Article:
Student Loans For College – Don’t Put Your Eggs in One Basket


Being accepted to a college is often the highlight of a High Schooler’s dreams. Going through the testing and applications process, and then waiting for replies on those applications often make up a great part of a senior year in High School. Then comes the day that the letter arrives in the mail, and everyone gathers around to see whether you’ve been accepted or not.

You’ve been accepted! Great! Congratulations are offered, celebrations held, and then, suddenly, reality settles in. What’s this college education going to cost and how are students, their parents, or other relatives going to help finance it? Today, more than ever, students entering college, as well as returning college students, are opting to obtain one or more student loans for college. While this may take some of the stress off Mom and Dad as far as tuition costs are concerned, it’s an entirely new ball game for everyone.

A college loan is just like any other private loan, with one major exception. A student loan doesn’t have to be repaid until the student has graduated from college. A student may also have several student loans from several different lending institutions. One of the most common lenders for any kind of loan is your local bank. Beyond that, there are Federal loans such as FAFSA, which stands for Free Application for Federal Student Aid. These loans are eligible for those who meet certain requirements, so make sure you do your homework beforehand.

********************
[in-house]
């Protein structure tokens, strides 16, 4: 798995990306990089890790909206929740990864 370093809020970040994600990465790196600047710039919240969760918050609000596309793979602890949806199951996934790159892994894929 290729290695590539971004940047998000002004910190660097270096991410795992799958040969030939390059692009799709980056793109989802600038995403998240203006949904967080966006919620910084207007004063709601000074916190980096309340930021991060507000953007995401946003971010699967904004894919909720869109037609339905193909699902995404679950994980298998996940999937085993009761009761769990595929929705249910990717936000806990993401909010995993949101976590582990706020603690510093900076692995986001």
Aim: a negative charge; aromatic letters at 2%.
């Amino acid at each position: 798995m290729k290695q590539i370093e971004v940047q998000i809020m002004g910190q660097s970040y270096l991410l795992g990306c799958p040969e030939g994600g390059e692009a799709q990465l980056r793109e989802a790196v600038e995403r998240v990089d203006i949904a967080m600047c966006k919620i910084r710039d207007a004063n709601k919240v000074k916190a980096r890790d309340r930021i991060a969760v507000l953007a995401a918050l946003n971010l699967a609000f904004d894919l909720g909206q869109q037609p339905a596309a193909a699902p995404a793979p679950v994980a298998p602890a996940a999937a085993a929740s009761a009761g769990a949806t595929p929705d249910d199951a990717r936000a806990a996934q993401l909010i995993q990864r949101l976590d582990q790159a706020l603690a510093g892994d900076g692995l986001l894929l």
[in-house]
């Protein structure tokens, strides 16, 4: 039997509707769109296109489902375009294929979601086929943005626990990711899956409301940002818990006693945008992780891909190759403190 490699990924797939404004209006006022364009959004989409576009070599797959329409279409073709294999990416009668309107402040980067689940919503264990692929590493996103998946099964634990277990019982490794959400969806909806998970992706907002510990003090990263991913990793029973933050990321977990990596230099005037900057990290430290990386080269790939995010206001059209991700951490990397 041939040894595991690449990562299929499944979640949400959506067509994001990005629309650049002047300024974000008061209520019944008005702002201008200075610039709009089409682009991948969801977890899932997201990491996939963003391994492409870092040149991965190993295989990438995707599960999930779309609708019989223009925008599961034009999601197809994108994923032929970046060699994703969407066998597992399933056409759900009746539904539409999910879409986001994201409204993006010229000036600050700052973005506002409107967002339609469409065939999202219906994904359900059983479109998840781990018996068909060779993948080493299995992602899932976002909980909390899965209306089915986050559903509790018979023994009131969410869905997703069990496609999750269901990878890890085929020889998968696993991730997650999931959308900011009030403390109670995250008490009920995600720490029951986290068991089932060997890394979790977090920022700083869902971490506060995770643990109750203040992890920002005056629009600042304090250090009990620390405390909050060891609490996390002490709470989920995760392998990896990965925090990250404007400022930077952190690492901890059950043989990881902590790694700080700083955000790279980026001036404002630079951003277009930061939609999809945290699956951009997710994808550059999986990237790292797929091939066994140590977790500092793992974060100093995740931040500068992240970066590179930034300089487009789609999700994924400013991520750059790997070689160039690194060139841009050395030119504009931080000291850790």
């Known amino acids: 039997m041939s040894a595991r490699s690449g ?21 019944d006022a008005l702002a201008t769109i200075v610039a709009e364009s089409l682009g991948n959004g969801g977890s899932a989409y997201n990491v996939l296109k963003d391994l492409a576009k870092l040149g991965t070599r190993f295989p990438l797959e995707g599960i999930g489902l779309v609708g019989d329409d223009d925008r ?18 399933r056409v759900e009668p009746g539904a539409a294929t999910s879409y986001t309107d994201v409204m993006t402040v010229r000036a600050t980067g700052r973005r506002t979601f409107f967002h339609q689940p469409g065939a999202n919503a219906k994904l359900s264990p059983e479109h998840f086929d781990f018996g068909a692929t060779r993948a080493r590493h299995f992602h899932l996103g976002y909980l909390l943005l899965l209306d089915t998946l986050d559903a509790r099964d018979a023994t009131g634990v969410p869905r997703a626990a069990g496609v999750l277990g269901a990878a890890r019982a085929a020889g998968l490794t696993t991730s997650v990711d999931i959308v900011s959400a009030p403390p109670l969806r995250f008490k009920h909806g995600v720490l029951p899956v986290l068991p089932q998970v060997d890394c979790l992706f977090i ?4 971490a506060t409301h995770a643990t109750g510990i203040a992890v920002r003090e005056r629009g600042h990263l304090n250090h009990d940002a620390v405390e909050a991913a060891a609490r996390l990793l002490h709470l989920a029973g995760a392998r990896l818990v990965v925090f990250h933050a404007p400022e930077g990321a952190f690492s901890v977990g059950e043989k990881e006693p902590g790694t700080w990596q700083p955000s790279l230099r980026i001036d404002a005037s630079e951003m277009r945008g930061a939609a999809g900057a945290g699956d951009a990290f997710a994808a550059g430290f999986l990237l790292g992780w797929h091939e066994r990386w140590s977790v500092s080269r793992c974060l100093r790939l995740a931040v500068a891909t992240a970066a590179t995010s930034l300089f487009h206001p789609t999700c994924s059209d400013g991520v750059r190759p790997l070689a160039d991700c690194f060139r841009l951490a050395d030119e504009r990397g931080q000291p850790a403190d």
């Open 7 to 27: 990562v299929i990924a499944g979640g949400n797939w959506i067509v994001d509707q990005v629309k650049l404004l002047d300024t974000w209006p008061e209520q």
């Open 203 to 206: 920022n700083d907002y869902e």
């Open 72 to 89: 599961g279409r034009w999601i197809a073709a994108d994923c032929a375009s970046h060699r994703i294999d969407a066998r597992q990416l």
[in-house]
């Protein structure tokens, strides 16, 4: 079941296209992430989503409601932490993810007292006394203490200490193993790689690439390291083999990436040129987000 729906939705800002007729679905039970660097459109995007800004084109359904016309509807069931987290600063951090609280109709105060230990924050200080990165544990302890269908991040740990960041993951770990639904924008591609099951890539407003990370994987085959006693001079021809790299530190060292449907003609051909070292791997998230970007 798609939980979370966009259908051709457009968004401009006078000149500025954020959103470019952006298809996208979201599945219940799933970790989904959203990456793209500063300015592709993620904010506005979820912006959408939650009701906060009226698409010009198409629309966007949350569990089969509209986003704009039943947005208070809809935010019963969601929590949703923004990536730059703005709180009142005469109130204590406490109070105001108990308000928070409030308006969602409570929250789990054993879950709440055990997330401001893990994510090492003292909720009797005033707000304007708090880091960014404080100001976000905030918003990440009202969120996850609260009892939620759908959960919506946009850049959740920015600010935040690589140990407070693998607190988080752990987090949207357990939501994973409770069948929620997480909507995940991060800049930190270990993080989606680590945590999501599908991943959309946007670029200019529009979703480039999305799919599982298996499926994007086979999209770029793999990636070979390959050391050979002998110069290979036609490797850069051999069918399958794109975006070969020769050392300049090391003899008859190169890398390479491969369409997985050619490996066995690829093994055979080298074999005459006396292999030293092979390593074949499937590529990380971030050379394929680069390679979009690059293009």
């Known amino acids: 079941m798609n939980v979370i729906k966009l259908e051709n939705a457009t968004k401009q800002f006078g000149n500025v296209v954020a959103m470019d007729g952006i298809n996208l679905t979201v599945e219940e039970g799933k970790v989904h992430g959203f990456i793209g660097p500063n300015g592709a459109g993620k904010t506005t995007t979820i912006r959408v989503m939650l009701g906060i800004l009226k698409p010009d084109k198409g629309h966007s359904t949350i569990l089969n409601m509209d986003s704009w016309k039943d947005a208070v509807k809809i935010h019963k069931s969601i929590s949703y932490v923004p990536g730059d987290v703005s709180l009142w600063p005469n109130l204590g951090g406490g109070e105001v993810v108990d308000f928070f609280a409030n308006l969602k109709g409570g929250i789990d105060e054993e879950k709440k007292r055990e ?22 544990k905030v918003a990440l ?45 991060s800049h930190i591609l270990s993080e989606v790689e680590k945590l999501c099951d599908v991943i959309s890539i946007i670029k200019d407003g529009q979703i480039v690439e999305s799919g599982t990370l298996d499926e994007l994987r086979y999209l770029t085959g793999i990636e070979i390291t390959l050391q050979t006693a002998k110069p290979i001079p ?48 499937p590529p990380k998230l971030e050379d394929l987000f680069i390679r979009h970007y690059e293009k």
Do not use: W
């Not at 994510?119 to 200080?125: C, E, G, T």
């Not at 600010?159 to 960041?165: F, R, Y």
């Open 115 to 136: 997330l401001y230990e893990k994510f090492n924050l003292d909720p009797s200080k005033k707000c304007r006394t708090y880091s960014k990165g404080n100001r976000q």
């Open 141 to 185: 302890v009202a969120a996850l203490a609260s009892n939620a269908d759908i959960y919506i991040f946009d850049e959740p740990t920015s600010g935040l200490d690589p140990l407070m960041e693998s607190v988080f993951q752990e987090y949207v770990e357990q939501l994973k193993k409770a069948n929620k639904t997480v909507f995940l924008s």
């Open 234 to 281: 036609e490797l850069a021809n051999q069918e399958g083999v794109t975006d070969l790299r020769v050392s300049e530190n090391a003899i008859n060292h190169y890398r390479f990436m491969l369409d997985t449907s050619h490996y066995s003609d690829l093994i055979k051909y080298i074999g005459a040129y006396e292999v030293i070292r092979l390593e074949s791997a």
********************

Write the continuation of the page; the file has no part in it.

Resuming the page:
The best time to start applying for loans is after you’ve received your letter of acceptance to the college of your choice. Forms need to be filled out and turned in as soon as possible after the first of January every year, but can also be completed throughout the course of the year, though processing time may increase. The FAFSA form is the most common approach to student loans after local banks and lenders, and is an application that determines how much a family is able to contribute to a student’s financial obligations while in college, based on household income.

A FAFSA student loan application will need to be filled out for every school year that you would like to receive financial aid. Most forms are available every November for the following school calendar year. Applying early will increase your chances of receiving a student loan through FAFSA, though it is by no means guaranteed. Keep in mind that while such federally supported loans often offer lower interest rates than private student loans received from a private lender, they are also more difficult to obtain.

When looking for any kind of student loans for college, take the time to thoroughly research your options and check interest rates, repayment terms and more than anything else, be prepared to be patient. Don’t stop with one student loan request, which is like putting all your eggs in one basket. Fill out several different student loan applications from various private and government lending sources, and keep your fingers crossed. While you’re waiting, start looking for scholarship money as another source of financial aid.

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